European Union parliamentarians on Tuesday gave the green light for citizens from Kosovo to travel freely in Europe without visas from next year. Kosovo, once a Serbian province in the former Yugoslavia, is the last territory in the Western Balkans without visa-free travel to the EU’s Schengen travel area.
The reform was welcomed in Pristina as another step towards full recognition and a boost for the European ambition of a territory that won independence after a 1998-1999 war.
Serbia does not recognise the independence of its former breakaway province. Nor do five EU member states: Spain, Cyprus, Greece, Slovakia and Romania.
The move means that Kosovo’s citizens will be able to travel in the 27-nation Schengen passport free area, which includes most EU countries plus Iceland, Liechtenstein, Norway and Switzerland, for periods of up to 90 days every six months.
Citizens in the Schengen countries will be able to visit Kosovo without visas too. The former Serbian territory was the last country in the Western Balkans region not to have such travel arrangements with the EU.
Kosovo leader Prime Minister Albin Kurti hailed the vote.
“This brings us an important step closer to the European Union and contributing to the richness that the EU offers. Thank you to the MEPs for their support,” he said, in a social media post.
Great news for Kosova today! The European Parliament approved visa-free travel for our citizens starting January 1st, 2024. This brings us an important step closer to the European Union and contributing to the richness that the EU offers. Thank you to the MEPs for their support. pic.twitter.com/XJK6NMmFcV— Albin Kurti (@albinkurti) April 18, 2023
The measure will come into force once the new European Travel Information and Authorisation System (ETIAS) is in place to allow member states to better share information.
But if putting the system in place takes too long, the law will still come into effect at the end of 2024.
Dutch Socialist lawmaker Thijs Reuten, who chaperoned the process through the European Parliament, said the move “finally enables the people of Kosovo to easily travel, visit relatives and do business in the EU.”
European Parliament gives final green light to visa free travel to the EU for Kosovo 🇽🇰!
Proud we have finally delivered on this long overdue EU promise to the citizens of Kosovo. You are part of Europe! Now we can open the next chapter further building our shared 🇪🇺 future. pic.twitter.com/Db1zNOq8LM— Thijs Reuten 🇪🇺🌹 (@thijsreuten) April 18, 2023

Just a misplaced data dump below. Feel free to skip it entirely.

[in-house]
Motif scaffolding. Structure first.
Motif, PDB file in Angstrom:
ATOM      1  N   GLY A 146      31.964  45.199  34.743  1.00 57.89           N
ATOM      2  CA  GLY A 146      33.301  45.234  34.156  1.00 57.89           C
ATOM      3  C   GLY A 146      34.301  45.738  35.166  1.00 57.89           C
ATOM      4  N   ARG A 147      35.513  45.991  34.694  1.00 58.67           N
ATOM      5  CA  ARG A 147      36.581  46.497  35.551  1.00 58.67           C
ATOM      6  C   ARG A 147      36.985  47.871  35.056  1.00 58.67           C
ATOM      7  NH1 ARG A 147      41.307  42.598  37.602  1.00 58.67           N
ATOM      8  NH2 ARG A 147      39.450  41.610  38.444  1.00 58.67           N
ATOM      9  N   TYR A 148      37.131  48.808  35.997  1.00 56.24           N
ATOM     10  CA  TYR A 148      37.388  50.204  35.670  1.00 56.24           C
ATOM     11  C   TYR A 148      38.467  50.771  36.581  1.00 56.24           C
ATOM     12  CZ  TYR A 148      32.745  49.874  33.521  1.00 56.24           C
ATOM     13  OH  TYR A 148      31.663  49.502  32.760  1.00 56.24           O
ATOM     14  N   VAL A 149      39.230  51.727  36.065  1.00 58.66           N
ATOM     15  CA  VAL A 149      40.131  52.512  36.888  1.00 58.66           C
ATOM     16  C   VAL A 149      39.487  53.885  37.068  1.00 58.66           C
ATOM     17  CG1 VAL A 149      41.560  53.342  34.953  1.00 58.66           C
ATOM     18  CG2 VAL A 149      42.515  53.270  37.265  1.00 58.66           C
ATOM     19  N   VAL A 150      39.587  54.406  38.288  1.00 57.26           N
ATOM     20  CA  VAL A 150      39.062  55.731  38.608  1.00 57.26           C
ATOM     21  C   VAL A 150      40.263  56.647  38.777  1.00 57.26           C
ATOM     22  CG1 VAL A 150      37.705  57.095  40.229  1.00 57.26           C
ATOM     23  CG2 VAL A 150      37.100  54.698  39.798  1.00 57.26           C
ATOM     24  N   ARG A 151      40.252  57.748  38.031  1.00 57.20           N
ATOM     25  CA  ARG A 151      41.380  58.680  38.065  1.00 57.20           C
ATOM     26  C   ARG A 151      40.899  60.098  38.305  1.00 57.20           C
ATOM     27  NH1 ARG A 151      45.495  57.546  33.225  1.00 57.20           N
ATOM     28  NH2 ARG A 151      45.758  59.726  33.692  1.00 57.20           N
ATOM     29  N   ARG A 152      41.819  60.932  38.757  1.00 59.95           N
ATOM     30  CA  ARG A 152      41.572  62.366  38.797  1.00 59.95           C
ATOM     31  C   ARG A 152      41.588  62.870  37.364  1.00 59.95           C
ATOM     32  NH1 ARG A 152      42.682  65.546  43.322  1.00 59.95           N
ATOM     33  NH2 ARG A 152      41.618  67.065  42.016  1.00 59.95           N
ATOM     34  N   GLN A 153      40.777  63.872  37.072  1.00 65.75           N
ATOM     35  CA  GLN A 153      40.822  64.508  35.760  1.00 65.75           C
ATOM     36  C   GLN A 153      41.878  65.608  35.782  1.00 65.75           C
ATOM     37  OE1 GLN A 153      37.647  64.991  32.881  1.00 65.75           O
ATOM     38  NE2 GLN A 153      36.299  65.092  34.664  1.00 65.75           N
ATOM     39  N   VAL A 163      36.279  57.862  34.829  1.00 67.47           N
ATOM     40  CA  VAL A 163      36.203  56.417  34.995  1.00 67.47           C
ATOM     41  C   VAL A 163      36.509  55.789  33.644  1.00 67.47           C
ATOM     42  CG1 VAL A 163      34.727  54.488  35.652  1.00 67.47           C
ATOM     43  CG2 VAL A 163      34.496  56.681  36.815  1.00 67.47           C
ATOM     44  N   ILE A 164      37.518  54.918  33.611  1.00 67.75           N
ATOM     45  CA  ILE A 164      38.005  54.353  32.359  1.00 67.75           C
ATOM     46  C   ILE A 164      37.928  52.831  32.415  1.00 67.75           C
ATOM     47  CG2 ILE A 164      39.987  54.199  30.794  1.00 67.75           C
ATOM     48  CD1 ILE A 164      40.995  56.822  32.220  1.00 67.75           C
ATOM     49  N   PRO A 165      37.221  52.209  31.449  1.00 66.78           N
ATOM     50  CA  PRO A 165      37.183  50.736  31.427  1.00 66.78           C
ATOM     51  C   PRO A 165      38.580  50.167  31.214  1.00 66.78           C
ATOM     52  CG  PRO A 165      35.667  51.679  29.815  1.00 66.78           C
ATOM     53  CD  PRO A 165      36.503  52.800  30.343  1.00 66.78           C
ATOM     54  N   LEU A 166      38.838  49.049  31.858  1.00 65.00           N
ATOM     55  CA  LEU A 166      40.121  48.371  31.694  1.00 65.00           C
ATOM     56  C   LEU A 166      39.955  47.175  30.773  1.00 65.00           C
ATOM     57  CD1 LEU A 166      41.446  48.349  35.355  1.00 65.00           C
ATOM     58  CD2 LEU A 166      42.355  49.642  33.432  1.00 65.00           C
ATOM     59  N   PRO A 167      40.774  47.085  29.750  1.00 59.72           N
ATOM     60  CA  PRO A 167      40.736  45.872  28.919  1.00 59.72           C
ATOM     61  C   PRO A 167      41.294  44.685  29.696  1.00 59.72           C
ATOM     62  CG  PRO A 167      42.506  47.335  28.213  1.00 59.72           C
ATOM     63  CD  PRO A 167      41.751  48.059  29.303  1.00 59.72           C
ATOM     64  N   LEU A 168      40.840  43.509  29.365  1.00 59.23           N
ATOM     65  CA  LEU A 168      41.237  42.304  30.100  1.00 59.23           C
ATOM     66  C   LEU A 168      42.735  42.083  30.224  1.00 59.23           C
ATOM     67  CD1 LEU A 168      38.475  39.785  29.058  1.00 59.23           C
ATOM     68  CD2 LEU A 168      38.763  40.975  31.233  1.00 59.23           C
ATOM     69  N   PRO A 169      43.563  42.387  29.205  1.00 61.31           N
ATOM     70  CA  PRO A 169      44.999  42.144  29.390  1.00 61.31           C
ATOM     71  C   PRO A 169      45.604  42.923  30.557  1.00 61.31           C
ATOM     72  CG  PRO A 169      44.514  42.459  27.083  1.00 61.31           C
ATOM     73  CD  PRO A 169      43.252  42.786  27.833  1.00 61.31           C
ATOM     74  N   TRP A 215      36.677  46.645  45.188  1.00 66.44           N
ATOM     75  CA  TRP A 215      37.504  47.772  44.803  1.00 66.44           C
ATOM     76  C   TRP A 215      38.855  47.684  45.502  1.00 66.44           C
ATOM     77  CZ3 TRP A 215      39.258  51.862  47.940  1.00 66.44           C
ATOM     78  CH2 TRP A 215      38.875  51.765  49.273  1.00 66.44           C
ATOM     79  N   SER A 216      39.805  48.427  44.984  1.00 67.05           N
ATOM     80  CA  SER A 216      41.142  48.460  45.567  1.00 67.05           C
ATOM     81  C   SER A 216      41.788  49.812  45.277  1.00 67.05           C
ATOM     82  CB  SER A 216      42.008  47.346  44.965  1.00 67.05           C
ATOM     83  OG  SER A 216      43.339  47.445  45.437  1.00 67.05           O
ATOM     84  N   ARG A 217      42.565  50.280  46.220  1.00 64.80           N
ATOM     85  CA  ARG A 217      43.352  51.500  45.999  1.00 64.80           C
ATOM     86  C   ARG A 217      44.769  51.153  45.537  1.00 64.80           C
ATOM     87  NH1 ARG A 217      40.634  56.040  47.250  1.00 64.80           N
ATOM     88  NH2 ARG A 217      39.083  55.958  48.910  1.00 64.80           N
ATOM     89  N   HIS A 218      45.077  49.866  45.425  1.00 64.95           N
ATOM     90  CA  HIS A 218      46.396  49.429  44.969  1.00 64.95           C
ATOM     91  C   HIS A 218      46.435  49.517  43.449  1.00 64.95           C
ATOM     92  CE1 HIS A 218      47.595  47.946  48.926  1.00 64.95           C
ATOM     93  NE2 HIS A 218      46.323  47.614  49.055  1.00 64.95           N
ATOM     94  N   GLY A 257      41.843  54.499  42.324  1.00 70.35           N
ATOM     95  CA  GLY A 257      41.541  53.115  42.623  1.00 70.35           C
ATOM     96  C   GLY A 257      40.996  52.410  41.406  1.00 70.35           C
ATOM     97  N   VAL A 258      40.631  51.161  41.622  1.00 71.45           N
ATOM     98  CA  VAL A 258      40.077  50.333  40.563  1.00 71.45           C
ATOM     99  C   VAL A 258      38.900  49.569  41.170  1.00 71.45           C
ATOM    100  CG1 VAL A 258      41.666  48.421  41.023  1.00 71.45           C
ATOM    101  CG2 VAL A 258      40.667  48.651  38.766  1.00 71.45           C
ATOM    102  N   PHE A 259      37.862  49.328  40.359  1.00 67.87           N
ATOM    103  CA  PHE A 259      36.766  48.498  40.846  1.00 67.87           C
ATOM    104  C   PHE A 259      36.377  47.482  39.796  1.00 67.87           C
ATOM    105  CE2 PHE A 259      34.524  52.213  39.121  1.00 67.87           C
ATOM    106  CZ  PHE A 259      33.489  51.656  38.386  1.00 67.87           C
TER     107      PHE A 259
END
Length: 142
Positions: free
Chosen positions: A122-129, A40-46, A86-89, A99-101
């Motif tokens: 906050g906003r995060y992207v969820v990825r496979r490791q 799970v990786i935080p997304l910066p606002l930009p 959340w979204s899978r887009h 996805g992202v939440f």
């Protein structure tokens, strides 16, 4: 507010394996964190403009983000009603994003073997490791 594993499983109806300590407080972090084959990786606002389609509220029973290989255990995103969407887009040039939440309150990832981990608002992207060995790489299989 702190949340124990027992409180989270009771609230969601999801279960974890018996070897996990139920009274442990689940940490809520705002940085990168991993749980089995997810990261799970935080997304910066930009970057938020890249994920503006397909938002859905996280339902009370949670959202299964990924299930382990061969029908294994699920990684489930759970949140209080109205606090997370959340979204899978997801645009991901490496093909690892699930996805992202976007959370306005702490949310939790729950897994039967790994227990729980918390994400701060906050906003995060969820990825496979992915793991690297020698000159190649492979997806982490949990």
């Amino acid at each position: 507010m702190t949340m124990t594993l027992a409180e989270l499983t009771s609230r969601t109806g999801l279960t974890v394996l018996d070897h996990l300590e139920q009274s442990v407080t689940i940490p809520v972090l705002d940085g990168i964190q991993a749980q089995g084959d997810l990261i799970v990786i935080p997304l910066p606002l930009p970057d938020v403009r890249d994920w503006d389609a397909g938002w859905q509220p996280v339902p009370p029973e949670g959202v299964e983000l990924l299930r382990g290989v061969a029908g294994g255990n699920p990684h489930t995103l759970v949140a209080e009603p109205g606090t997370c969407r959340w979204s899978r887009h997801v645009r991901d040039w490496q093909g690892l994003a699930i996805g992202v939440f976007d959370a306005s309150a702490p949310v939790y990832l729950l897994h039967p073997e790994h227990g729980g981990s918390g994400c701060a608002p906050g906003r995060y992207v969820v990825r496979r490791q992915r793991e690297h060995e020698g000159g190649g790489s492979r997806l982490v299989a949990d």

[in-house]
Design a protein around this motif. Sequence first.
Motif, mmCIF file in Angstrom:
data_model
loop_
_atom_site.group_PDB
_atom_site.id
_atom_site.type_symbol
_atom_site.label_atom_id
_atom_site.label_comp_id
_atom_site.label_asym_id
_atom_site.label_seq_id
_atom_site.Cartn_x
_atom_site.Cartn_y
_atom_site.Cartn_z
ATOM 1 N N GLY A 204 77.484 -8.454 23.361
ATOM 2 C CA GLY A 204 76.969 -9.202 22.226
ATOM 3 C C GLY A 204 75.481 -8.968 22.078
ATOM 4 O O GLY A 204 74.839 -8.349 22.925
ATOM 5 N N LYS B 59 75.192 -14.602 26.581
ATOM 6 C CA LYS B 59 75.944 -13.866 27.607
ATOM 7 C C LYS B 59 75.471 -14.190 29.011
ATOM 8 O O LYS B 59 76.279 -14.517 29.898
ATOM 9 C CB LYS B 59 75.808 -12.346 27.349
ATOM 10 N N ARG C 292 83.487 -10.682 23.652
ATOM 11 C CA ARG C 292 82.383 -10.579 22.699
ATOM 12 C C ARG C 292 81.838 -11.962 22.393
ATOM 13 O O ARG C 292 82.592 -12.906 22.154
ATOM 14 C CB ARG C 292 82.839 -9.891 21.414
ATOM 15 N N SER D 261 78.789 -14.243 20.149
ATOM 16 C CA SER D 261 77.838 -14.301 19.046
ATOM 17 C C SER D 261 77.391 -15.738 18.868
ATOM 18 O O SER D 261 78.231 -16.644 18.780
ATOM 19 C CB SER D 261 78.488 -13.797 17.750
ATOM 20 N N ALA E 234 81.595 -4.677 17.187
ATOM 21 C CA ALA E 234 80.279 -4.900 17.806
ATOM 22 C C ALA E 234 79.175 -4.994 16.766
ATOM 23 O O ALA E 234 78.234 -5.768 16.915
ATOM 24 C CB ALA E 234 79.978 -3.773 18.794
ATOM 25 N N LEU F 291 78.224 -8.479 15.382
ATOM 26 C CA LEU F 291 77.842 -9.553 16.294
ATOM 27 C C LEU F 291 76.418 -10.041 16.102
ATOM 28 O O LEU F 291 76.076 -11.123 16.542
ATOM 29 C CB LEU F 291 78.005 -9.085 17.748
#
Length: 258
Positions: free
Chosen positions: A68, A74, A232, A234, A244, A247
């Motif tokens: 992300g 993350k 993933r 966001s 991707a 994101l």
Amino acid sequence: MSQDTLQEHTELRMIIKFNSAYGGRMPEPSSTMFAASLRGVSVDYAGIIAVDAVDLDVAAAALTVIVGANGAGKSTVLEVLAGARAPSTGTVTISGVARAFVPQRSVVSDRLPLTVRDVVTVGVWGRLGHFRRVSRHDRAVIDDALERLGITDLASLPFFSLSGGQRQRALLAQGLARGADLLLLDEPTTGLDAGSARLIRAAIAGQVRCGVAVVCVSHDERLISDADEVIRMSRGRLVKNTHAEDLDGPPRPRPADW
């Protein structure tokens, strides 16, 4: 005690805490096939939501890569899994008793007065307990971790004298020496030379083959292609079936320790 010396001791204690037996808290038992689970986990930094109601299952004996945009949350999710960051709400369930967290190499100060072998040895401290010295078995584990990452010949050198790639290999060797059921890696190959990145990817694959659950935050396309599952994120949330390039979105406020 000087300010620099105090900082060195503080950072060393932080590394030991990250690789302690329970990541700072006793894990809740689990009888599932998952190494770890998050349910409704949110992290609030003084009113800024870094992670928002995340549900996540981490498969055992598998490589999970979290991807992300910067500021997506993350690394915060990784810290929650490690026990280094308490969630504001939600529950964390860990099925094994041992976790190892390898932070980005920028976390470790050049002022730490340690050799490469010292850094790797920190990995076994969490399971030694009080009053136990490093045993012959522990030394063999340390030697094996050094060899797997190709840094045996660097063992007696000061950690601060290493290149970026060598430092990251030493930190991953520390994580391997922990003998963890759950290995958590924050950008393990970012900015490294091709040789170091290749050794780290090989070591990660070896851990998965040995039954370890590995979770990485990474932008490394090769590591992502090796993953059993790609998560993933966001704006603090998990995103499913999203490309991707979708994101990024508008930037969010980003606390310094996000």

“But it is more than that,” he added in a statement, as the assembly met in Strasbourg. “This milestone is also an important foundation for the future and ever-closer cooperation between the EU and Kosovo.”
The announcement on the visa coincides with the 10th anniversary of the Brussels Agreement, a document aimed at normalising relations between the governments of Serbia and Kosovo, signed on 19 April 2013 in Brussels under EU auspices.
According to the Euractiv media network, Serbian Foreign Minister Ivica Dačić said that “visa liberalisation for Kosovo, in the days around the 10th anniversary of signing the Brussels agreement, is an act of hypocrisy and insolence towards Serbia.”
Serbia and Kosovo are both looking to join the EU, but all depends on Belgrade’s willingness to recognize its breakaway province as an indpendent state.
There has been some progress.
The same day that Kosovo was allowed visa-free travel within the EU, the Union’s External Action Service announced the creation of a Joint Monitoring Committee to oversee the implementation of the “Ohrid Deal”, agreed upon on 18 March in Ohrid, North Macedonia, where Kosovo PM Albin Kurti and Serbian President Aleksandar Vucic orally agreed on formalising relations. The monitoring group will get together on 2 May in Brussels, after which it will meet “regularly.”
In 2019, French President Emmanuel Macron visited Serbia, urging Vucic to “to find a global and sustainable solution” with Kosovo. His visit was followed by a series of trips by EU leaders, and pressure to set aside differences increased after the Russian invasion of Ukraine.
Mutual recognition of Serbia and Kosovo would increase European unity vis-à-vis Russia and fit into Macron’s plan of a “sovereign Europe” where Belgrade would be less willing to ask for economic assistance from Russia or China.
Source : RFI